Ed Brayton at Dispatches from the Culture Wars dug up an article old article from Cosmic Variance about the physics of the soul. Conclusion: there is nothing in physics that supports the idea of a soul.
Even if you don’t believe that human beings are “simply” collections of atoms evolving and interacting according to rules laid down in the Standard Model of particle physics, most people would grudgingly admit that atoms are part of who we are. If it’s really nothing but atoms and the known forces, there is clearly no way for the soul to survive death. Believing in life after death, to put it mildly, requires physics beyond the Standard Model. Most importantly, we need some way for that “new physics” to interact with the atoms that we do have.
Very roughly speaking, when most people think about an immaterial soul that persists after death, they have in mind some sort of blob of spirit energy that takes up residence near our brain, and drives around our body like a soccer mom driving an SUV. The questions are these: what form does that spirit energy take, and how does it interact with our ordinary atoms? Not only is new physics required, but dramatically new physics. Within QFT, there can’t be a new collection of “spirit particles” and “spirit forces” that interact with our regular atoms, because we would have detected them in existing experiments. Ockham’s razor is not on your side here, since you have to posit a completely new realm of reality obeying very different rules than the ones we know.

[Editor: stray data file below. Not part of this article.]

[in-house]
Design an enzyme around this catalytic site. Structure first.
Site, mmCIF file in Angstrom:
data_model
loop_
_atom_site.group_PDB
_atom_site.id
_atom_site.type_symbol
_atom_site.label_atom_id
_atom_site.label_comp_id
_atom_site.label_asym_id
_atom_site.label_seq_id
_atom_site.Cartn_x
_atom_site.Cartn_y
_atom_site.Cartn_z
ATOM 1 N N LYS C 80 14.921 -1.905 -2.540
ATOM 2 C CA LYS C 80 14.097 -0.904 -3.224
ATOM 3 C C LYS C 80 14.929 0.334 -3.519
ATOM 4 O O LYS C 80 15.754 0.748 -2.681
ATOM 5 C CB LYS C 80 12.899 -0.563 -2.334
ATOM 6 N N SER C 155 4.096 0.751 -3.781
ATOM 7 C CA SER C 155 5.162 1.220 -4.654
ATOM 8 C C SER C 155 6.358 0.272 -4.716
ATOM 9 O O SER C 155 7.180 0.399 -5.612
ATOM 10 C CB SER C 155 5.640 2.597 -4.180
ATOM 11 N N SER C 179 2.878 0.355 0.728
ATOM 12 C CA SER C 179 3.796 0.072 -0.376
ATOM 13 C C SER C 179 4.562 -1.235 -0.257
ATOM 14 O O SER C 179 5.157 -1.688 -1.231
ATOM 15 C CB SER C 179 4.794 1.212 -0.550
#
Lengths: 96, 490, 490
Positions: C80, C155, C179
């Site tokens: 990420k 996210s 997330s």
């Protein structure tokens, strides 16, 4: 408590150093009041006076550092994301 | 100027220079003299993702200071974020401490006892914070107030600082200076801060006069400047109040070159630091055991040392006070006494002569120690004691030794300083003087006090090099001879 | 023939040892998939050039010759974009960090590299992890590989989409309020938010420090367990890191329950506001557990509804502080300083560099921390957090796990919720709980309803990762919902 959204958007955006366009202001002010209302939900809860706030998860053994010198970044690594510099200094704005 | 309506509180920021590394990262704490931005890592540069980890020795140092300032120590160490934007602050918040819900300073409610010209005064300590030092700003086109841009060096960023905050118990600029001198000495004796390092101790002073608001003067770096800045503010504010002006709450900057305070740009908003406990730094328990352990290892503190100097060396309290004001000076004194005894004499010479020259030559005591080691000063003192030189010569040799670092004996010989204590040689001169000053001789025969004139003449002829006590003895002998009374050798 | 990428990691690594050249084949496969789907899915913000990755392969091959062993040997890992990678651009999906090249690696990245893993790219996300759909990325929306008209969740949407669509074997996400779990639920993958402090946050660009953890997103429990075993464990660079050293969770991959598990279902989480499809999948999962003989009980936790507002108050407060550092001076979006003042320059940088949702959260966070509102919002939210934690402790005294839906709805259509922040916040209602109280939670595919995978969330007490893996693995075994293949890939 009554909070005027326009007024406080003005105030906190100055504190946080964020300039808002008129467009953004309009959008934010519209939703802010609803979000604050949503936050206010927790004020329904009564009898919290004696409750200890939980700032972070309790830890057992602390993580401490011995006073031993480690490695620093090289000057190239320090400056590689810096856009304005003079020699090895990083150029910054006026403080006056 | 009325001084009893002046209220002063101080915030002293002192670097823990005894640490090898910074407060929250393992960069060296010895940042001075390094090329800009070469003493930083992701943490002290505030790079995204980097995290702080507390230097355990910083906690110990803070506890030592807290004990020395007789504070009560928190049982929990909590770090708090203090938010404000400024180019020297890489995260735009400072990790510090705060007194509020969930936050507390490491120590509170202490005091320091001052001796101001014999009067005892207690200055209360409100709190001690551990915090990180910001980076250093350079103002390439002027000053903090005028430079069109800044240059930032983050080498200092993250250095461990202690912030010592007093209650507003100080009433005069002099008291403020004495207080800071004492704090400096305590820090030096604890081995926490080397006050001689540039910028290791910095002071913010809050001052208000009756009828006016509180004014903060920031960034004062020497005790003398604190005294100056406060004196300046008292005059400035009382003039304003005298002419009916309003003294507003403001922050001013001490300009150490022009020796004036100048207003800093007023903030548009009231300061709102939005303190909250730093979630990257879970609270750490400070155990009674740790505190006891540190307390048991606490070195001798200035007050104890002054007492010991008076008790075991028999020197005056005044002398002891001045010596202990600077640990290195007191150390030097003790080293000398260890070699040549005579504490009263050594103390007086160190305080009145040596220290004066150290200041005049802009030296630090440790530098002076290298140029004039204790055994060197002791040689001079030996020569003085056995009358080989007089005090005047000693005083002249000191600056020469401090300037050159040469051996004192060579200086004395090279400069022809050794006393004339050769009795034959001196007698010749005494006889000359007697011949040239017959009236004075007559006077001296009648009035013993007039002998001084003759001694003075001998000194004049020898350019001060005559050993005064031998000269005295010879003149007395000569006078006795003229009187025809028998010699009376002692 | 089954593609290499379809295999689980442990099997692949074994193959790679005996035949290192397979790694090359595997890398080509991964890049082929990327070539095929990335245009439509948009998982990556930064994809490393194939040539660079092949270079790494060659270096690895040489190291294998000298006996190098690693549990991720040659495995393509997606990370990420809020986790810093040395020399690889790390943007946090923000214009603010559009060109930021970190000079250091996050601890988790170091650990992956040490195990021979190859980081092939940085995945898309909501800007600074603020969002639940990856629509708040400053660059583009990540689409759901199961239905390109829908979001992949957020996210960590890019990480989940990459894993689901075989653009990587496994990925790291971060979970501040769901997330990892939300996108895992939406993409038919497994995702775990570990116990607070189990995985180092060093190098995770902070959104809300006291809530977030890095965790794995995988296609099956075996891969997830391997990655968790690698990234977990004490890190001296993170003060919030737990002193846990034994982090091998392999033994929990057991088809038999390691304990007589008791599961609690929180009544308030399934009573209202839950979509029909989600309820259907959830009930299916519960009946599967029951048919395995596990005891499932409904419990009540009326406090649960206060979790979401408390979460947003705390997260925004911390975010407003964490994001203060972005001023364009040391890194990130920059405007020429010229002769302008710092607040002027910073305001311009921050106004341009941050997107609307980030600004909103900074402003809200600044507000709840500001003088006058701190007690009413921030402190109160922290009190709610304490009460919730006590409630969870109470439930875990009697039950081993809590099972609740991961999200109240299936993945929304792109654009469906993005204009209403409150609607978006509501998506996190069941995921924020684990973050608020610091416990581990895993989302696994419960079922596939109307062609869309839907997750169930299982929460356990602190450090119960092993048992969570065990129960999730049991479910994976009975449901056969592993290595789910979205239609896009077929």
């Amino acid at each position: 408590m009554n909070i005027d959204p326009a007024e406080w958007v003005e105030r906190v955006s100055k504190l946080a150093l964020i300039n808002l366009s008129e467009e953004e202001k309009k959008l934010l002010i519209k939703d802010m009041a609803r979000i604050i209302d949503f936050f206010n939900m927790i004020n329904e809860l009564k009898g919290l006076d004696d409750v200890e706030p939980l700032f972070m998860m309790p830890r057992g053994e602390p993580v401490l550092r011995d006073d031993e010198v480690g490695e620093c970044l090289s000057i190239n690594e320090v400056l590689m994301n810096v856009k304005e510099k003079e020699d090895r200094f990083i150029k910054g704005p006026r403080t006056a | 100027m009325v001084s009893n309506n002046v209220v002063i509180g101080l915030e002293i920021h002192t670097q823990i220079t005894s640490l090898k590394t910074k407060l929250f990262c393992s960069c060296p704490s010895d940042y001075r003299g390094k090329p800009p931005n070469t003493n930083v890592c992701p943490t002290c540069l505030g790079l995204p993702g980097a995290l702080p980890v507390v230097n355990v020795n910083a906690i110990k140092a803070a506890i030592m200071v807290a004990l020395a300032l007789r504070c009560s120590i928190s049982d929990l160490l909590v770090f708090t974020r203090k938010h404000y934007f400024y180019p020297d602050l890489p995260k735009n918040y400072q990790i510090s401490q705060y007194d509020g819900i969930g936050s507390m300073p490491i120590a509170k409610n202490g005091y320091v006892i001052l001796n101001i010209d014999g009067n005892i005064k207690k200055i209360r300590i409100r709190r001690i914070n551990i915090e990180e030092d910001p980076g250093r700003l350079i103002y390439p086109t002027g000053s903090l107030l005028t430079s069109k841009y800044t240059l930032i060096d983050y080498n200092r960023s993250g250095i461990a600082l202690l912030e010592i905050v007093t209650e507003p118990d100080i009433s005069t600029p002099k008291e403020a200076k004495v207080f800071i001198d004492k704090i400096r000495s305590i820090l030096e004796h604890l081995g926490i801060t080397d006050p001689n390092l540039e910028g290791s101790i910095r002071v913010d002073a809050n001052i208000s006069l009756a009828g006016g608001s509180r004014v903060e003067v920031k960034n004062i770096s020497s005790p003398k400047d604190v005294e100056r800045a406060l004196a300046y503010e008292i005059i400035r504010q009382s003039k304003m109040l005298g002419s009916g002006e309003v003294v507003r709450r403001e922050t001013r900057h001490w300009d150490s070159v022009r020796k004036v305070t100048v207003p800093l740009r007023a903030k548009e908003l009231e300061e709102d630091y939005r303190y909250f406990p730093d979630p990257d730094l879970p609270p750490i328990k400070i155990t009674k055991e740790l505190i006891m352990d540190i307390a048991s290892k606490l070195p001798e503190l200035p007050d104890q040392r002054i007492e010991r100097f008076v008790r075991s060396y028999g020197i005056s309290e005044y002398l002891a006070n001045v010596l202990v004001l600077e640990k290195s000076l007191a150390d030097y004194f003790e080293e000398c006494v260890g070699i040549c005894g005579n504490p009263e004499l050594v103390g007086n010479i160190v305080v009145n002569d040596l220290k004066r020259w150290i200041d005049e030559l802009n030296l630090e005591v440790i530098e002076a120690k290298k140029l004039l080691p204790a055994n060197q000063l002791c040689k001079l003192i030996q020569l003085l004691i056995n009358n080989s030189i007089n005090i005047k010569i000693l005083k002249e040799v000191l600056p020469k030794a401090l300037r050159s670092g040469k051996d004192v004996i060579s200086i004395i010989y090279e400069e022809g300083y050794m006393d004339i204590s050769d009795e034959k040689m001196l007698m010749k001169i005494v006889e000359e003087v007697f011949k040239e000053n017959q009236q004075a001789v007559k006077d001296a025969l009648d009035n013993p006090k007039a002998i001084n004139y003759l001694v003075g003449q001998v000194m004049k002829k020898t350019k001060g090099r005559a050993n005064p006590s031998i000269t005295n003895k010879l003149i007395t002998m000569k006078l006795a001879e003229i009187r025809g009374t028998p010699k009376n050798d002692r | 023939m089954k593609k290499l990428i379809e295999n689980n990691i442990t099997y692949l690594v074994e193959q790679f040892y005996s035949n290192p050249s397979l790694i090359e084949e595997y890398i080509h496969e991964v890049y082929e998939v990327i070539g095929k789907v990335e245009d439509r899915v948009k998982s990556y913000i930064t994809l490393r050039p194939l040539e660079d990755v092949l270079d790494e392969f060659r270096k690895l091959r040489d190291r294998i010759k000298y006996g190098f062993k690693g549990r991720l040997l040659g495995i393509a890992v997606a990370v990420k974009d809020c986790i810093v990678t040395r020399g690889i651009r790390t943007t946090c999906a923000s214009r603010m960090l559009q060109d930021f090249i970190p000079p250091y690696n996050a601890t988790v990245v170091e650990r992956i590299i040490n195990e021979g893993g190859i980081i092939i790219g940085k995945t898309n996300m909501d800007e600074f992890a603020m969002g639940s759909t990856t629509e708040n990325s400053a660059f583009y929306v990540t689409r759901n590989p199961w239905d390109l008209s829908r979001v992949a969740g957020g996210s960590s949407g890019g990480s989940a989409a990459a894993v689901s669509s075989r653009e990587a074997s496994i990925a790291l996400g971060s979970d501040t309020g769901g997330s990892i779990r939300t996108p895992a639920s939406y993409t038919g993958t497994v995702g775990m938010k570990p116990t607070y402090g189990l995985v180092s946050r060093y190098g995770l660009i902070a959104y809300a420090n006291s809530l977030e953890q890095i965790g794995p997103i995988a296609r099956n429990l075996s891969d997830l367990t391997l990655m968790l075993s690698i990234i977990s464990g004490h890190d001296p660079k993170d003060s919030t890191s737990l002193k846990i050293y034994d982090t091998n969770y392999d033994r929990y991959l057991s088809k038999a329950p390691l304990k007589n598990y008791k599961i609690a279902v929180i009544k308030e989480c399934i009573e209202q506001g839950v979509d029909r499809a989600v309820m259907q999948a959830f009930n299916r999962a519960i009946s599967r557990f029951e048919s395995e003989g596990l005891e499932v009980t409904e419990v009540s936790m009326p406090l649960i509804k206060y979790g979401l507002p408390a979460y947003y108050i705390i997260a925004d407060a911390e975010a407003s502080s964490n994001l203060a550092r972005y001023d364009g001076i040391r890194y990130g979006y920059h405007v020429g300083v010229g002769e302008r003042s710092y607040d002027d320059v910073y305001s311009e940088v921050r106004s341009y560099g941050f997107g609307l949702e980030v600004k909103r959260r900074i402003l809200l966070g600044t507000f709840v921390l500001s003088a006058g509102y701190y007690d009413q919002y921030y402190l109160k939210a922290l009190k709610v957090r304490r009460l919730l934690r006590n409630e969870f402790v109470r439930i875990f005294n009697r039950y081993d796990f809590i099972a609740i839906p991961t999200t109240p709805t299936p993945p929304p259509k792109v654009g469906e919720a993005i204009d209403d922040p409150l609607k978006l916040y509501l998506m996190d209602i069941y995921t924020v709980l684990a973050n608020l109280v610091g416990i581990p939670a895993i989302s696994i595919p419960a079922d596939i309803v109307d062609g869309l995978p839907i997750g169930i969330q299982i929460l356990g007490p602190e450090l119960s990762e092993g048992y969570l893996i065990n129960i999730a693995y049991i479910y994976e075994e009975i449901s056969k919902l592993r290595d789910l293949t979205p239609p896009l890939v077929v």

The point is similar to the one I was making in a recent post about astrology. If there exists a soul, then physics as we know it must be wrong. Yet every experiment we do seems to bear out the current theories and models.
But this will just provoke calls of “science doesn’t know everything” and “materialist!” and other such heckling. Regardless, I think even half of this argument is still damning to the case against life after death.
Perhaps there is a ghost in the machine that exists beyond all ability to detect it. Along with the ghost, we still have the machine. The machine does things, and we can prove them: stores memory, cogitates, experiences emotions and so forth. Almost everything we think of as a human’s mind comes from the machine. Take the machine away and you take the person away.
Perhaps there is some blob of spirit that will carry on, but without the machine what does it do other than simply exist? How is that blob of energy us if it doesn’t maintain our memories, personality thoughts and so forth? And it that blob of spirit isn’t us, how can we say that there is life after death?